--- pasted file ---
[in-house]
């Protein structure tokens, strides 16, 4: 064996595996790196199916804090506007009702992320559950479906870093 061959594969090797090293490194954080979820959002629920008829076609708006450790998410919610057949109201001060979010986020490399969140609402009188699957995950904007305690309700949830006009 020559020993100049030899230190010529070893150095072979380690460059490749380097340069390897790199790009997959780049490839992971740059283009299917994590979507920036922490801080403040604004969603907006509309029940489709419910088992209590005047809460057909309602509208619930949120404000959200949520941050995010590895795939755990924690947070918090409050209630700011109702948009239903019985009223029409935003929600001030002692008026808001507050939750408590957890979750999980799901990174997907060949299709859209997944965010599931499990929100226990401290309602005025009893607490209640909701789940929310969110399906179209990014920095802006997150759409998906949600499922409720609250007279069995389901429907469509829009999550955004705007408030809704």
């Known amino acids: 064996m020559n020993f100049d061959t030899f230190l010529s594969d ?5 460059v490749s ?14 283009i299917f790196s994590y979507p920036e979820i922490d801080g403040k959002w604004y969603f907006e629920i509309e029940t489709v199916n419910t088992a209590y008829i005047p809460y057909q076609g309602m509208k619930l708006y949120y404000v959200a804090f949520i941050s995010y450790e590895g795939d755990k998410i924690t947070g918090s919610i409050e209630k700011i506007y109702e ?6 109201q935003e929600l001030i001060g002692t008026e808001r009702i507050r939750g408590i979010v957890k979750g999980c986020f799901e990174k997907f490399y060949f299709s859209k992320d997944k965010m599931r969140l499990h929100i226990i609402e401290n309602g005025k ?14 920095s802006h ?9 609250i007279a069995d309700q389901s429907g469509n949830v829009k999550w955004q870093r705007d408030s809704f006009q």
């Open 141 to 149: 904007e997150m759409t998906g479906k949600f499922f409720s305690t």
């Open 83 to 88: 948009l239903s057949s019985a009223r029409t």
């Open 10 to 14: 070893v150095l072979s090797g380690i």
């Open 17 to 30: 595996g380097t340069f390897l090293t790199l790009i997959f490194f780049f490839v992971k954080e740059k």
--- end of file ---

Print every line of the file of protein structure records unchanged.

[in-house]
């Protein structure tokens, strides 16, 4: 064996595996790196199916804090506007009702992320559950479906870093 061959594969090797090293490194954080979820959002629920008829076609708006450790998410919610057949109201001060979010986020490399969140609402009188699957995950904007305690309700949830006009 020559020993100049030899230190010529070893150095072979380690460059490749380097340069390897790199790009997959780049490839992971740059283009299917994590979507920036922490801080403040604004969603907006509309029940489709419910088992209590005047809460057909309602509208619930949120404000959200949520941050995010590895795939755990924690947070918090409050209630700011109702948009239903019985009223029409935003929600001030002692008026808001507050939750408590957890979750999980799901990174997907060949299709859209997944965010599931499990929100226990401290309602005025009893607490209640909701789940929310969110399906179209990014920095802006997150759409998906949600499922409720609250007279069995389901429907469509829009999550955004705007408030809704």
């Known amino acids: 064996m020559n020993f100049d061959t030899f230190l010529s594969d ?5 460059v490749s ?14 283009i299917f790196s994590y979507p920036e979820i922490d801080g403040k959002w604004y969603f907006e629920i509309e029940t489709v199916n419910t088992a209590y008829i005047p809460y057909q076609g309602m509208k619930l708006y949120y404000v959200a804090f949520i941050s995010y450790e590895g795939d755990k998410i924690t947070g918090s919610i409050e209630k700011i506007y109702e ?6 109201q935003e929600l001030i001060g002692t008026e808001r009702i507050r939750g408590i979010v957890k979750g999980c986020f799901e990174k997907f490399y060949f299709s859209k992320d997944k965010m599931r969140l499990h929100i226990i609402e401290n309602g005025k ?14 920095s802006h ?9 609250i007279a069995d309700q389901s429907g469509n949830v829009k999550w955004q870093r705007d408030s809704f006009q």
């Open 141 to 149: 904007e997150m759409t998906g479906k949600f499922f409720s305690t």
């Open 83 to 88: 948009l239903s057949s019985a009223r029409t």
């Open 10 to 14: 070893v150095l072979s090797g380690i």
């Open 17 to 30: 595996g380097t340069f390897l090293t790199l790009i997959f490194f780049f490839v992971k954080e740059k």